Cargill released details of a consumer Feed4Thought survey regarding animal protein consumption and thoughts on aquaculture production on Monday [October 1]. In addition to finding that 44% of consumers surveyed in the US and UK have started choosing to eat more fish in the last five years, 59% of those consumers said “keeping fish healthy” is the main job for aquaculture producers.
The interest in supporting or promoting fish health has been a focus for research addressing fish feed, as feed purchasers also have demonstrated interest in fish health, said the Minnesota-based agri-giant. However, in the survey, it did not specify if consumers were speaking about eating wild-caught or farmed fish.
As part of its work on aquaculture feeds, the company has focused on the production of functional feeds to support fish health, said Brian Knudson, strategic marketing and technology director.
“When asked to rank the duties of a company responsibly raising fish, most people in our Feed4Thought survey named keeping fish healthy as the top priority,” he told FeedNavigator. “This is a priority for Cargill too since we’re focused on helping our customers and their animals thrive. This focus has led us to add more functional feeds – feeds that help animals meet health challenges – to our portfolio.”
Last year, 13% of total aqua feed sales for the company were functional feeds, he said. For salmon, functional feed sales were about 24%.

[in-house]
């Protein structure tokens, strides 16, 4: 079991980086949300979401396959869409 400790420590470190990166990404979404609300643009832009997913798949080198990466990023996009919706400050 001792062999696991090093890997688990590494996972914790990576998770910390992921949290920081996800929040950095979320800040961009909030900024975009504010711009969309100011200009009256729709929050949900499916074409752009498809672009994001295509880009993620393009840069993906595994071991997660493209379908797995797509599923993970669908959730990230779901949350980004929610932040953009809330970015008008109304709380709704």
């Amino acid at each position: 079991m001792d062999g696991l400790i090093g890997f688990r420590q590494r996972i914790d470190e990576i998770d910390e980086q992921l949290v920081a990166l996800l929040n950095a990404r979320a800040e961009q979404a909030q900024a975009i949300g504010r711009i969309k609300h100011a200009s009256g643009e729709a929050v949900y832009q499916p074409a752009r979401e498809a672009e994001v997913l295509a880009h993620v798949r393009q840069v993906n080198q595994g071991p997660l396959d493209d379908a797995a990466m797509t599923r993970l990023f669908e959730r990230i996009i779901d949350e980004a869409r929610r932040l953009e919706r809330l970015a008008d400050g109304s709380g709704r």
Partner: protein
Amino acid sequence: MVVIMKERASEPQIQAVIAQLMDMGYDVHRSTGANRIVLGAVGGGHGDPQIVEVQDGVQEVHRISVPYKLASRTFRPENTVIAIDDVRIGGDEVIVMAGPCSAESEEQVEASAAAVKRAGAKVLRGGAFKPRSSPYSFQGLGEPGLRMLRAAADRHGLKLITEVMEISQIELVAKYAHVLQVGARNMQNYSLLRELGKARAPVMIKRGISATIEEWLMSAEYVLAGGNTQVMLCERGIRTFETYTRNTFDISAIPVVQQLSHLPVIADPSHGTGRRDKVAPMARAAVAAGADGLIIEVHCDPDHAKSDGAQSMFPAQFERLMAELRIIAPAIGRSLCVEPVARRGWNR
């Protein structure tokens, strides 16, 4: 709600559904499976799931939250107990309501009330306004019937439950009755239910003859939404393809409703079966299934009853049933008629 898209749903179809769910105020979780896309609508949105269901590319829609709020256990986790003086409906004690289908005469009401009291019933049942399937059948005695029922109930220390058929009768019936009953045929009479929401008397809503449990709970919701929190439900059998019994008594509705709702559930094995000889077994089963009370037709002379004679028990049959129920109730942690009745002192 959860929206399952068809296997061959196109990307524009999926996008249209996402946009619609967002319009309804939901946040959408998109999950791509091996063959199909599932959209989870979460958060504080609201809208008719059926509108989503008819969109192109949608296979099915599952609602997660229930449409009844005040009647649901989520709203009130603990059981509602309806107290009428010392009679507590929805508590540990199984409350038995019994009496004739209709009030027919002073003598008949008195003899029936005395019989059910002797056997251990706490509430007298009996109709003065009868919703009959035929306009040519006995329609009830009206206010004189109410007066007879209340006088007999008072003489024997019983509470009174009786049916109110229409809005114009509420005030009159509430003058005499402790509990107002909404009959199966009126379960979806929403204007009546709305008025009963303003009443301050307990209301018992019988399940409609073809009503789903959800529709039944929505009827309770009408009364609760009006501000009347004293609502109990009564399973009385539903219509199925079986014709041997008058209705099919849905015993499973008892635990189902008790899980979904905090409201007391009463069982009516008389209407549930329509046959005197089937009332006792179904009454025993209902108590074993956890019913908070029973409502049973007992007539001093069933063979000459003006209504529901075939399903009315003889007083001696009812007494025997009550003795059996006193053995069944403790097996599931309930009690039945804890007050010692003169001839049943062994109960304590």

A goal of functional feeds is to help producers limit the use of medications and antibiotics in fish production while supporting fish growth, he said. “These include products like the EWOS BACTER diet, which can help protect salmon from bacterial infections and EWOS ROBUST, which reduces sea lice attachment by 30 percent, promotes fish health and strengthens immune response,” he added.
Feed additives and fish health
A goal of the Feed4Thought surveys is to provide Cargill Animal Nutrition the chance to examine thoughts on production animals and the related protein supply chain, said Knudson.
As farmed fish have become a main source for seafood consumed, responsible aquaculture is an important area, he said. Demand for protein and fish continues to increase and farmed fish can help meet that interest along with wild-caught fish.
Providing better feed, promoting safer working environments, transparent operations and boosting sustainable growth in aquaculture are ways that the company can support the industry long-term, he said.
In addition to work with functional feeds, Cargill has been focusing on micronutrition technologies in its aquafeeds, including with vitamin and mineral premixes or natural microbials, he said. “Over the last year, we have made significant investments to boost this capability, acquiring global animal health company, Diamond V and entering a strategic partnership with Delacon, the world’s leading maker of plant-based phytogenics,” he added.
“Our micro nutrition business is focused on products that work with an animal’s natural biology to improve their overall health and well-being,” said Knudson.
Adding phytogenic ingredients to feeds could be a way to improve animal stress tolerance, he said, adding, “They can help make nutrients more digestible, reducing pollution, making feed work harder, and supporting fish and shrimp health – thereby reducing the need for antibiotics.”
Work with functional feeds also may provide a way to help aquaculture producers cut their reliance on medications and antimicrobials, he said. “We invest in research and innovation to reduce the need for antibiotics through better animal husbandry practices and improved feeds that strengthen animal health,” he added.
“By using functional feeds, for example, as part of an integrated health management program there is an overall reduction in the dependence on veterinary medication,” he said. However, he added, there remains a place for the “judicious therapeutic use” of animal antibiotics.